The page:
Delaying the Chemistry of Tomatoes’ Ripening

Delaying the Chemistry of Tomatoes’ Ripening

Author: Melania Tesio

The plant hormone ethylene is a major cause of ripening of tomatoes. Its potent inhibitor 1-methylcyclopropene is commercially employed to maintain the freshness and quality of tomatoes. The use of this inhibitor is, however, limited as it is a gas.

Fei Xu and colleagues, Sichuan University, China, demonstrated that the antioxidant n-propyl gallate effectively inhibits the postharvest ripening of tomatoes, thus representing an alternative to the use of 1-methylcyclopropene. In addition to suppressing ethylene production, n-propyl gallate increased the shelf life of tomatoes most likely by reducing oxidative stress and promoting the activity of antioxidant enzymes. Chlorophyll degradation and lycopene synthesis, two essential events for the development of the red pigmentation, were also prevented upon the treatment of tomatoes with n-propyl gallate.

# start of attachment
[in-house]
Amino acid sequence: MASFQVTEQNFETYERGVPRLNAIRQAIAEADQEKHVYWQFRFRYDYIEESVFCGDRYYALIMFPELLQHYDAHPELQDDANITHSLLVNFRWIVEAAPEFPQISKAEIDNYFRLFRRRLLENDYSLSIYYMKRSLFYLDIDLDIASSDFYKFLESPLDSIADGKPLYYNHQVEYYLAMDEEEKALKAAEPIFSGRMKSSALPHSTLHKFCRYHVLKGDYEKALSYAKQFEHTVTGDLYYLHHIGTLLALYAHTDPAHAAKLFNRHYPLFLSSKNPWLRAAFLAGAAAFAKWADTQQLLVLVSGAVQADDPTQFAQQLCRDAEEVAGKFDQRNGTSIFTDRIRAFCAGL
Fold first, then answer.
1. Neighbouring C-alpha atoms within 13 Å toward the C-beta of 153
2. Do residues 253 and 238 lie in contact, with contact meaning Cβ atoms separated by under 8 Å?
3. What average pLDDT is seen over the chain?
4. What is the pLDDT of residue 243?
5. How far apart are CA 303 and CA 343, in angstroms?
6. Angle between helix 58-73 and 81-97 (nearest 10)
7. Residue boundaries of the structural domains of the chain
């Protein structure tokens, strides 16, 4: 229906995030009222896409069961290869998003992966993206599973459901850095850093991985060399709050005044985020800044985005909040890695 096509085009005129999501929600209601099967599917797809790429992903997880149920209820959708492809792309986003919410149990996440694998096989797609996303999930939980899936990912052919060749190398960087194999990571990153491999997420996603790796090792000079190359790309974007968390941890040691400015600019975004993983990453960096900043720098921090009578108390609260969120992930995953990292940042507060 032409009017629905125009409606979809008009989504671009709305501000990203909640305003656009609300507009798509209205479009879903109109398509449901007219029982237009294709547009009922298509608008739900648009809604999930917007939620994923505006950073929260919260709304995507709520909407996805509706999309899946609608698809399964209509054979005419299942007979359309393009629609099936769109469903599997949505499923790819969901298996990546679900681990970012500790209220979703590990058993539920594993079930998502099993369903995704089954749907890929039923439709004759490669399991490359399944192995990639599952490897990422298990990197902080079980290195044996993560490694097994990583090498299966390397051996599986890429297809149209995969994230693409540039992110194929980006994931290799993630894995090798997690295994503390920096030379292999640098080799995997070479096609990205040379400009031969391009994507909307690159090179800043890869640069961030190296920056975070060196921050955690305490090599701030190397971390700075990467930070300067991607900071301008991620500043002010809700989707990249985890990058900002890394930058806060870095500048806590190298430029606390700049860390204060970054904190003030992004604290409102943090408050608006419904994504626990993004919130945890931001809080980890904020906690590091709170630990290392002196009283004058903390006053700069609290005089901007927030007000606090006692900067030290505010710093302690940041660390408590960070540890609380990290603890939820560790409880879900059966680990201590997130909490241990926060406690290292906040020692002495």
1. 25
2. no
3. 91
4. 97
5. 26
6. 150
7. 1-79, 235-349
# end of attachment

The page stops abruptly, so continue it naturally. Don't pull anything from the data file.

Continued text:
Moreover, n-propyl gallate helped to maintain fruit firmness and counteracted the increase of soluble sugars occurring during maturation.


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